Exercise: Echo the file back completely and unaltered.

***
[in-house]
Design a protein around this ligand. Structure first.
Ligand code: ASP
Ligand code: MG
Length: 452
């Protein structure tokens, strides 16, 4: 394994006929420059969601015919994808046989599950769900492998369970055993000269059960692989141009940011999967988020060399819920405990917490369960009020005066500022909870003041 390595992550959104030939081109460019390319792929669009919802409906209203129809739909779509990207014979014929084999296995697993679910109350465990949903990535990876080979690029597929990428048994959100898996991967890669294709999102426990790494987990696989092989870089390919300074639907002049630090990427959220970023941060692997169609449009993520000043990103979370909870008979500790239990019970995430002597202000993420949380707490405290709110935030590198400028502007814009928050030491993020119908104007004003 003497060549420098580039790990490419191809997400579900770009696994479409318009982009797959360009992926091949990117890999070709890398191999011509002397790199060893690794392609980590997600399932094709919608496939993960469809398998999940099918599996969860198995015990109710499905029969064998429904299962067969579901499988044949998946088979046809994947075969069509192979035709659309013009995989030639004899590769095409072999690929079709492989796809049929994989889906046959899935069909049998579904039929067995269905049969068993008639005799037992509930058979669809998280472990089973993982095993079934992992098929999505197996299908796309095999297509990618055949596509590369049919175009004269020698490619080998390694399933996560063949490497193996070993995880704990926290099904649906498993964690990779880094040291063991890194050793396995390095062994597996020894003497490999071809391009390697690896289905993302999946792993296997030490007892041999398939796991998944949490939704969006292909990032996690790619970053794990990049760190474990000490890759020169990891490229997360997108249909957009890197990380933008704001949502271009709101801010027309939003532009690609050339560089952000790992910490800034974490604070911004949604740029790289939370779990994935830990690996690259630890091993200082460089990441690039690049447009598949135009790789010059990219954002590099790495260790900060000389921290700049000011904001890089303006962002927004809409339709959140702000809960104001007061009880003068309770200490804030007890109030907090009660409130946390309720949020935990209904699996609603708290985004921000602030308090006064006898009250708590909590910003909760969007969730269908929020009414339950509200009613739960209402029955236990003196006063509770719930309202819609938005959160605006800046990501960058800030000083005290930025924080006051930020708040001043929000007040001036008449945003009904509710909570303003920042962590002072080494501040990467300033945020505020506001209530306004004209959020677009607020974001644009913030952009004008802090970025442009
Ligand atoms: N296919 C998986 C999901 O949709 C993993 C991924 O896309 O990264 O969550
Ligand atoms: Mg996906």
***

[in-house]
Design a protein around this ligand. Structure first.
Ligand code: ASP
Ligand code: MG
Length: 452
């Protein structure tokens, strides 16, 4: 394994006929420059969601015919994808046989599950769900492998369970055993000269059960692989141009940011999967988020060399819920405990917490369960009020005066500022909870003041 390595992550959104030939081109460019390319792929669009919802409906209203129809739909779509990207014979014929084999296995697993679910109350465990949903990535990876080979690029597929990428048994959100898996991967890669294709999102426990790494987990696989092989870089390919300074639907002049630090990427959220970023941060692997169609449009993520000043990103979370909870008979500790239990019970995430002597202000993420949380707490405290709110935030590198400028502007814009928050030491993020119908104007004003 003497060549420098580039790990490419191809997400579900770009696994479409318009982009797959360009992926091949990117890999070709890398191999011509002397790199060893690794392609980590997600399932094709919608496939993960469809398998999940099918599996969860198995015990109710499905029969064998429904299962067969579901499988044949998946088979046809994947075969069509192979035709659309013009995989030639004899590769095409072999690929079709492989796809049929994989889906046959899935069909049998579904039929067995269905049969068993008639005799037992509930058979669809998280472990089973993982095993079934992992098929999505197996299908796309095999297509990618055949596509590369049919175009004269020698490619080998390694399933996560063949490497193996070993995880704990926290099904649906498993964690990779880094040291063991890194050793396995390095062994597996020894003497490999071809391009390697690896289905993302999946792993296997030490007892041999398939796991998944949490939704969006292909990032996690790619970053794990990049760190474990000490890759020169990891490229997360997108249909957009890197990380933008704001949502271009709101801010027309939003532009690609050339560089952000790992910490800034974490604070911004949604740029790289939370779990994935830990690996690259630890091993200082460089990441690039690049447009598949135009790789010059990219954002590099790495260790900060000389921290700049000011904001890089303006962002927004809409339709959140702000809960104001007061009880003068309770200490804030007890109030907090009660409130946390309720949020935990209904699996609603708290985004921000602030308090006064006898009250708590909590910003909760969007969730269908929020009414339950509200009613739960209402029955236990003196006063509770719930309202819609938005959160605006800046990501960058800030000083005290930025924080006051930020708040001043929000007040001036008449945003009904509710909570303003920042962590002072080494501040990467300033945020505020506001209530306004004209959020677009607020974001644009913030952009004008802090970025442009
Ligand atoms: N296919 C998986 C999901 O949709 C993993 C991924 O896309 O990264 O969550
Ligand atoms: Mg996906």